Backing a journalist or news source, rather than buying a subscription or access to an article, in the end is much the same thing, except for the emotional impact. If I’m backing, I’m investing, and if I’m investing, I feel that I have a connection, a responsibility almost, to follow the work, to hope for their success, to feel pleased when they grow. I’m not buying, I’m giving, and getting in return.

Funding the development of news sources because we feel it’s the right thing to do, with no economic return on our investment in sight, is counter-intuitive to an ex­investment anaylst like myself. Funding something because you believe in their purpose? Projects getting off the ground just because people want to hear what you have to say? That’s not only surprising, it’s exciting and uplifting. Are we really looking beyond what’s ours and what we’re owed, to what’s right and what should be given a chance? In funding a creative effort before it’s even produced, I’d say yes, we are.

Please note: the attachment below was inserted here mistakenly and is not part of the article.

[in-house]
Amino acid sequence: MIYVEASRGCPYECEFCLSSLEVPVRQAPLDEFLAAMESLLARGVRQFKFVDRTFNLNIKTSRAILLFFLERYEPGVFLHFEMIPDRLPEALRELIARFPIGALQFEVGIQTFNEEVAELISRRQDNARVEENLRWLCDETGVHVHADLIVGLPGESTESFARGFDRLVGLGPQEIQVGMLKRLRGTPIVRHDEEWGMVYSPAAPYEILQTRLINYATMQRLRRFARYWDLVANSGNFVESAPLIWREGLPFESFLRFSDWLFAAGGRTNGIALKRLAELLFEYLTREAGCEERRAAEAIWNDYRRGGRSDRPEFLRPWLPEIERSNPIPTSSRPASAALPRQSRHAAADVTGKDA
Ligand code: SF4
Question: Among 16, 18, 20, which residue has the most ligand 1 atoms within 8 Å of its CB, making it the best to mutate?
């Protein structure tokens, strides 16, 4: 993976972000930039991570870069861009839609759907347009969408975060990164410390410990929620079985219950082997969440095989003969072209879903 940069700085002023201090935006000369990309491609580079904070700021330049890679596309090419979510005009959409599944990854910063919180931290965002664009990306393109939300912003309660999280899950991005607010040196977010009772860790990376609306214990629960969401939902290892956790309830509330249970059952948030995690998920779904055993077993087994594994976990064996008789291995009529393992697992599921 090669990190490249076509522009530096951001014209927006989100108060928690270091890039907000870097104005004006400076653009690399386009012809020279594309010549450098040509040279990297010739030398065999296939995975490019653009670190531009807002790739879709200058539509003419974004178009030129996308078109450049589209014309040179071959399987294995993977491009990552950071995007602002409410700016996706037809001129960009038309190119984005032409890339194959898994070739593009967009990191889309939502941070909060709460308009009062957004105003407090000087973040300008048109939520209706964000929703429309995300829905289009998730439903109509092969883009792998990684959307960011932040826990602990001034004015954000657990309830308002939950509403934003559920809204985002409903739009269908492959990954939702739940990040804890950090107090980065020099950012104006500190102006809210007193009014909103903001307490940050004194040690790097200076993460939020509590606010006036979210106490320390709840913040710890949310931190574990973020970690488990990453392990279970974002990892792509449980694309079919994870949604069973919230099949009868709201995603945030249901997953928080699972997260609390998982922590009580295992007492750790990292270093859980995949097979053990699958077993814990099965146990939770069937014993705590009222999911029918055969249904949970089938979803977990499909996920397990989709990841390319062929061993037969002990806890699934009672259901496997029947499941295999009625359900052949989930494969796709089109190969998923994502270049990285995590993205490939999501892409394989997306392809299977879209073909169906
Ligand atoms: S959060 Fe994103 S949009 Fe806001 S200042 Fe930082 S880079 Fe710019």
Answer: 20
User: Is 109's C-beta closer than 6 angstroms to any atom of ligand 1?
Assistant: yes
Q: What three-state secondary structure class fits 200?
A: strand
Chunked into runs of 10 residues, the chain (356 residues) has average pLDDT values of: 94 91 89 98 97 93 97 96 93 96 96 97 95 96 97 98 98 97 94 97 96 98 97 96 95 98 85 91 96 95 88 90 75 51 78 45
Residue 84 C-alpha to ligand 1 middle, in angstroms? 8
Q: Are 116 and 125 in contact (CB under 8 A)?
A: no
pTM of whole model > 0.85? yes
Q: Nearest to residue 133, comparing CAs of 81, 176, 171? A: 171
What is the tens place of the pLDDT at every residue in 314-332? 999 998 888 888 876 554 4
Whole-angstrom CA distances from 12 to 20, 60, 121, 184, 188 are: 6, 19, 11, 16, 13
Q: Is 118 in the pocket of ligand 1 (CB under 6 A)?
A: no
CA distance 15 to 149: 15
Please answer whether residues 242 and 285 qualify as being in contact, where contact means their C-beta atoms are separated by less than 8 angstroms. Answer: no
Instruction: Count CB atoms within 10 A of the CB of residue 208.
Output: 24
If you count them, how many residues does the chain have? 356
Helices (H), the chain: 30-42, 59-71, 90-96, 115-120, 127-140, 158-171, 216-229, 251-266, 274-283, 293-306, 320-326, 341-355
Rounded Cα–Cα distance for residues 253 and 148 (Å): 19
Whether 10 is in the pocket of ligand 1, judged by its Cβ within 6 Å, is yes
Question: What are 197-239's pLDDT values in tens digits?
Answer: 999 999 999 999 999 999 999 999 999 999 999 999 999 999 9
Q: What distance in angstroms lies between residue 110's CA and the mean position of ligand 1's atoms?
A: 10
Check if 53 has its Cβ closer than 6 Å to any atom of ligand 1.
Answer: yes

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If you’d like more on crowdfunding, check out my Flipboard:

flipboard crowdfunding